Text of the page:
The general discussion around citizen involvement often does not recognise differences in talent. We end up talking about “residents” or “citizens” with the idea that they are just random blobs without a life story, an education, race, gender or age. No wonder people do not get involved.
  4. Together, not the same.imageLondon’s Roundhouse finances a major part of its work through a membership programme. Even when the Roundhouse’s core purpose is to support young people’s creativity, most members do not sign up for that purpose. They sign up because they get a gusranteed access for sold-out concerts. 

And this is perfectly OK. It is OK that we assemble around the same campfire for various reasons. The main thing is that we actually assemble. This is an underutilised principle in movement building. We do not need to agree on all. But we need to come together and create something meaningful. In the case of the Roudhouse, tens of thousands of music lovers enable thousands of young people to get access and experience with culture snd creativity. And that is freaking amazing.Successful projects manage to combine the sense of Me with the sense of We. Finland-born Restaurant Day highlights this very well. The shared format is running a restaurant on the same day and posting it on a Google map. But outside that, you get to use your skills to the best of your abilities.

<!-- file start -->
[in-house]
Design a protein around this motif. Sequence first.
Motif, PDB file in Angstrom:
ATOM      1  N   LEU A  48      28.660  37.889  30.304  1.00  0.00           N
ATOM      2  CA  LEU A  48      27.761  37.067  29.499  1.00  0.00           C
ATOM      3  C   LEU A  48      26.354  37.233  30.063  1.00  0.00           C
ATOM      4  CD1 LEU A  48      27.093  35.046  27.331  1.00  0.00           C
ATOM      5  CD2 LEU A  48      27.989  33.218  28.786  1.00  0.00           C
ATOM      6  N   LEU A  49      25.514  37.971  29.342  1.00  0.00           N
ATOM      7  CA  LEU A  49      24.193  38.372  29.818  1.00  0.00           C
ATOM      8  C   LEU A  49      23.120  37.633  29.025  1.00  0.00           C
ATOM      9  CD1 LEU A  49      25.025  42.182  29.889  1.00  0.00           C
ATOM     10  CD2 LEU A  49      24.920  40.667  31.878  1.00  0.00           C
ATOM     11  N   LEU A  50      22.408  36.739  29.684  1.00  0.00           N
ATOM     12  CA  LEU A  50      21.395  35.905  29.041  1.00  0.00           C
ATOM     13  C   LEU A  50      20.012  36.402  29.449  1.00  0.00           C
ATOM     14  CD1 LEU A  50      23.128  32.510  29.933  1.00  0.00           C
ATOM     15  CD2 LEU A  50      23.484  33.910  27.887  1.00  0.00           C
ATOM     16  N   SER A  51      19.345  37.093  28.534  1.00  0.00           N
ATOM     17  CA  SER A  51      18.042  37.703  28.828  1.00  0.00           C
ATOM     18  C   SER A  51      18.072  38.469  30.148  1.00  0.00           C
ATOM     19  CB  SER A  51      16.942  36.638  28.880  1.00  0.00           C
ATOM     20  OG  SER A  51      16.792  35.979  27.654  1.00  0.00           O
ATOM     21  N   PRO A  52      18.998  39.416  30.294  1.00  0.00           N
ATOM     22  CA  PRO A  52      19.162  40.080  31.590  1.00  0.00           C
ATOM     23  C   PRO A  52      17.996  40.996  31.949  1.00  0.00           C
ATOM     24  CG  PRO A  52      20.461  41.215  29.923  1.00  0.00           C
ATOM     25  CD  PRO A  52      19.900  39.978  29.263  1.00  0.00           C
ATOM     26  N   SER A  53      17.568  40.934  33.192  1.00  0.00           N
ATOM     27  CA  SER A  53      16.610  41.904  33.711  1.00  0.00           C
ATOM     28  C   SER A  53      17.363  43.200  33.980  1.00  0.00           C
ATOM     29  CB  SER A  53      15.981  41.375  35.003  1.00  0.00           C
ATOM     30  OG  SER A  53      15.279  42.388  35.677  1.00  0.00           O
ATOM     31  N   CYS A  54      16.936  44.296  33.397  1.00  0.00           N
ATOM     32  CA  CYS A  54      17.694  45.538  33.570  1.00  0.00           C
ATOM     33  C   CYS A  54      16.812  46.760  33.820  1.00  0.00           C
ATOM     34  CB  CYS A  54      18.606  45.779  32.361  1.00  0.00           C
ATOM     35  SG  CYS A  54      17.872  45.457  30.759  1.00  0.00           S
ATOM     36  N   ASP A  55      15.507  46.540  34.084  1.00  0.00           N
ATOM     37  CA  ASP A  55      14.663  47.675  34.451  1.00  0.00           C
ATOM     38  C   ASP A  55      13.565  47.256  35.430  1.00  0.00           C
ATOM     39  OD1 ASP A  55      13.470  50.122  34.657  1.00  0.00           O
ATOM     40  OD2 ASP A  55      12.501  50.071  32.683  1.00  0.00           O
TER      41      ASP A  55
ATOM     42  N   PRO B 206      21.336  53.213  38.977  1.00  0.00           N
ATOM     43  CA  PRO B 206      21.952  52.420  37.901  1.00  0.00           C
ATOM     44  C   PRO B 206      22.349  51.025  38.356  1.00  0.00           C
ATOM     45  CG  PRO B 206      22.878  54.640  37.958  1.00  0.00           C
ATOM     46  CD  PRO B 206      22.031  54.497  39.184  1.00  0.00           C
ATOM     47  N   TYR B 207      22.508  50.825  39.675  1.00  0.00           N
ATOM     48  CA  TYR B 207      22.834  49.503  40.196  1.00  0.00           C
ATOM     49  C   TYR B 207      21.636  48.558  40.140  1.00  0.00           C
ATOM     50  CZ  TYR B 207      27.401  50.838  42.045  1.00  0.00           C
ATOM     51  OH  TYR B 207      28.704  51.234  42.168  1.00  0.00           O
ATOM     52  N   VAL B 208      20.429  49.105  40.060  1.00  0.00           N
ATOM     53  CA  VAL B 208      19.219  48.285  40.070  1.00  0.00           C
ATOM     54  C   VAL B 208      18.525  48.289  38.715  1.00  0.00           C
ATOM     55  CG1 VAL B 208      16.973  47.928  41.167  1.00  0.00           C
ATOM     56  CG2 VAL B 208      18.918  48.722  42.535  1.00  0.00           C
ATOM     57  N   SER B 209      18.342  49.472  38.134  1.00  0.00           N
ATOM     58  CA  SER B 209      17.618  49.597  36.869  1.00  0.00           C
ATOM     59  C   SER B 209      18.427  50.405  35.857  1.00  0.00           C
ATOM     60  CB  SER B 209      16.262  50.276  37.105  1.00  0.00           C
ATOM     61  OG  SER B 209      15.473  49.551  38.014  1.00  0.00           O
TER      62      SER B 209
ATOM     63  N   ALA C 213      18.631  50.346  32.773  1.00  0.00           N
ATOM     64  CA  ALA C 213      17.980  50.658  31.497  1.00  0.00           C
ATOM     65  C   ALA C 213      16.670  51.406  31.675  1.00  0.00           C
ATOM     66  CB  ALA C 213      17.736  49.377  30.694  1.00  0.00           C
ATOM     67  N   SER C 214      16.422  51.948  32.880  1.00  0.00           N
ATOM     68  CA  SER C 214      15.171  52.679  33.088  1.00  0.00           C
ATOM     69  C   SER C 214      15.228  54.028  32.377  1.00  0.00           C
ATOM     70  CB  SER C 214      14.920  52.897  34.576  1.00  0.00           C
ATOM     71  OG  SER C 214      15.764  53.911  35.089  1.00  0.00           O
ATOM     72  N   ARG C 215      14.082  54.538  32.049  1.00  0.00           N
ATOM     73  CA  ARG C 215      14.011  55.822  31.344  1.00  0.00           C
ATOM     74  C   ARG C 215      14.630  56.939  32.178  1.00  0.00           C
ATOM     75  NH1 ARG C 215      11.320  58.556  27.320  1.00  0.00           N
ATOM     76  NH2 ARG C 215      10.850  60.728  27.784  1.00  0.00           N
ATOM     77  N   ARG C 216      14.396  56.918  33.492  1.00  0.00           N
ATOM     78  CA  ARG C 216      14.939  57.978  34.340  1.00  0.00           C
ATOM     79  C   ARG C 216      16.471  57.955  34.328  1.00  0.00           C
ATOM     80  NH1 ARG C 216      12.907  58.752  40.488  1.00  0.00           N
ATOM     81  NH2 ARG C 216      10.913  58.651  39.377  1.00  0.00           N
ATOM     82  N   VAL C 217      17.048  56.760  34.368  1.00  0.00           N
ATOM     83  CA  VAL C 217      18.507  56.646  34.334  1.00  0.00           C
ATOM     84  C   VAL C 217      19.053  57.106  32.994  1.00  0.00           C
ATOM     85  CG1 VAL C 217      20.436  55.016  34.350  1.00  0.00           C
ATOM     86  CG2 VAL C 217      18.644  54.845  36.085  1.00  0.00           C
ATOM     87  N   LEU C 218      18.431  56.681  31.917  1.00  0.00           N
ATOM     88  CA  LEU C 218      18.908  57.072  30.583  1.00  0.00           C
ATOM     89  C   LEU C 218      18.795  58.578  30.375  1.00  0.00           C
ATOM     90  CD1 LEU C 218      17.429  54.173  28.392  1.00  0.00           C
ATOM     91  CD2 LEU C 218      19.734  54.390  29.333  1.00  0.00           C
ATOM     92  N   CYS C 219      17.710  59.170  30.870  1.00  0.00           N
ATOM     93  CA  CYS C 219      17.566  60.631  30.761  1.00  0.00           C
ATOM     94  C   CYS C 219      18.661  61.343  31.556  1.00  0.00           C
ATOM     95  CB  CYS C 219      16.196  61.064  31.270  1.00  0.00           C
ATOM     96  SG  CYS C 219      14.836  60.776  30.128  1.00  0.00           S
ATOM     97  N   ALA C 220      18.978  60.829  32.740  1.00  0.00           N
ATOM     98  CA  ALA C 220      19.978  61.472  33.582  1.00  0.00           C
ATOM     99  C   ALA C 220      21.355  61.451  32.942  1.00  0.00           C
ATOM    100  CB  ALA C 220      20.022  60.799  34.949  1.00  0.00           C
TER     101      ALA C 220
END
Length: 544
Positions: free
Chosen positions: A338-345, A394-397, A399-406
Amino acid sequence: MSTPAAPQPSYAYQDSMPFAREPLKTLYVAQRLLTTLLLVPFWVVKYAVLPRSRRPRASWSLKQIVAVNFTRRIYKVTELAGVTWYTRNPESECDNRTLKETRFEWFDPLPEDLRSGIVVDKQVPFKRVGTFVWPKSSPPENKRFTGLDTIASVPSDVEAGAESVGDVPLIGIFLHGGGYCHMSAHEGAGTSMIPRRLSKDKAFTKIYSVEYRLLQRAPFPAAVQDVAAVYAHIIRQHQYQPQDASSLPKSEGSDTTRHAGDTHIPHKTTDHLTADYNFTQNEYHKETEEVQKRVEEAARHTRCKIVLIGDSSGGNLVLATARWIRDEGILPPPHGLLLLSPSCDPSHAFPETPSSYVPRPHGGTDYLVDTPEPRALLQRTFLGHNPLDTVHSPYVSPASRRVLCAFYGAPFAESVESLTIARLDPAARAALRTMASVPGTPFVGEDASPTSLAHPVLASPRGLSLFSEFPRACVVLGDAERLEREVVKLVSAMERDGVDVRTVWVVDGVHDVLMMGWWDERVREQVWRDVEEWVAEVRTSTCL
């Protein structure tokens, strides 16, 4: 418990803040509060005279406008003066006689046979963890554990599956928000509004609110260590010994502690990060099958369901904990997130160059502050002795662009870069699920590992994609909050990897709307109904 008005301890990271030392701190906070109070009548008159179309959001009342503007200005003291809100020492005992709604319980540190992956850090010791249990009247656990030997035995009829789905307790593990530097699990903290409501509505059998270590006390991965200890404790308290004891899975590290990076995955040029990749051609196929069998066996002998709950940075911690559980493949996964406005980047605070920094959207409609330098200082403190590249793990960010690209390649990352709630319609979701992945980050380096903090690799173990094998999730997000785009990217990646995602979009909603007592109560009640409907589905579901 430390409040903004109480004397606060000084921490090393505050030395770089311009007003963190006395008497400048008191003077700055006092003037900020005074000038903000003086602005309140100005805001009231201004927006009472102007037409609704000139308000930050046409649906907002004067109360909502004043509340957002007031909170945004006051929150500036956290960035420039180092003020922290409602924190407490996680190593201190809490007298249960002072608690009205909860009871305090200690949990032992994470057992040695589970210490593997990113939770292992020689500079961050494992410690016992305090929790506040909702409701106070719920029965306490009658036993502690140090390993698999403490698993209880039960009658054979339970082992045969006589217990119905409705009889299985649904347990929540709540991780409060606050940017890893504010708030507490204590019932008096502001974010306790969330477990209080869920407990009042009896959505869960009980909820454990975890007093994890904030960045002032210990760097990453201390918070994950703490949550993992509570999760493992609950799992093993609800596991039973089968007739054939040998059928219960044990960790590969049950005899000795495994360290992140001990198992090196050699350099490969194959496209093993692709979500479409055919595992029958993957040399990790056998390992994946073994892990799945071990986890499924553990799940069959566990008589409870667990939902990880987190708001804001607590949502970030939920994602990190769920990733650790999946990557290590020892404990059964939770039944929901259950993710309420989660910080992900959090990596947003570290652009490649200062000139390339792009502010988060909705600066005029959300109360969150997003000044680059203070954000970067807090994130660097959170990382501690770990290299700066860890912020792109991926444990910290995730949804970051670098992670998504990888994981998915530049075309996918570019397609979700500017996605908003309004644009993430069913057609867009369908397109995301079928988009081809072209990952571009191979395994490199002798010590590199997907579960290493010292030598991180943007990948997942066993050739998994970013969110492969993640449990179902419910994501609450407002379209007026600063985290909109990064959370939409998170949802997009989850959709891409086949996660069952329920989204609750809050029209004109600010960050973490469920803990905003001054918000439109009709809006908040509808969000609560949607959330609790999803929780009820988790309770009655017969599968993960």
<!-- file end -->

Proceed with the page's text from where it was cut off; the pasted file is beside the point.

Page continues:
5. Serve food.image
    The people at the Young Foundation were very excited about Detroit Soup. The idea is that people come together to pitch ideas for the community– and have some soup. 

The importance of food or a cup of coffee should not be undermined. Just think of yourself at a party: that drink in your hand helps. This is an issue we constantly notice at youth work. It is of utmost importance to have some food to gather around. Food allows us to focus on something while we are thinking, it gives us an excuse for using a moment to take the new environment in.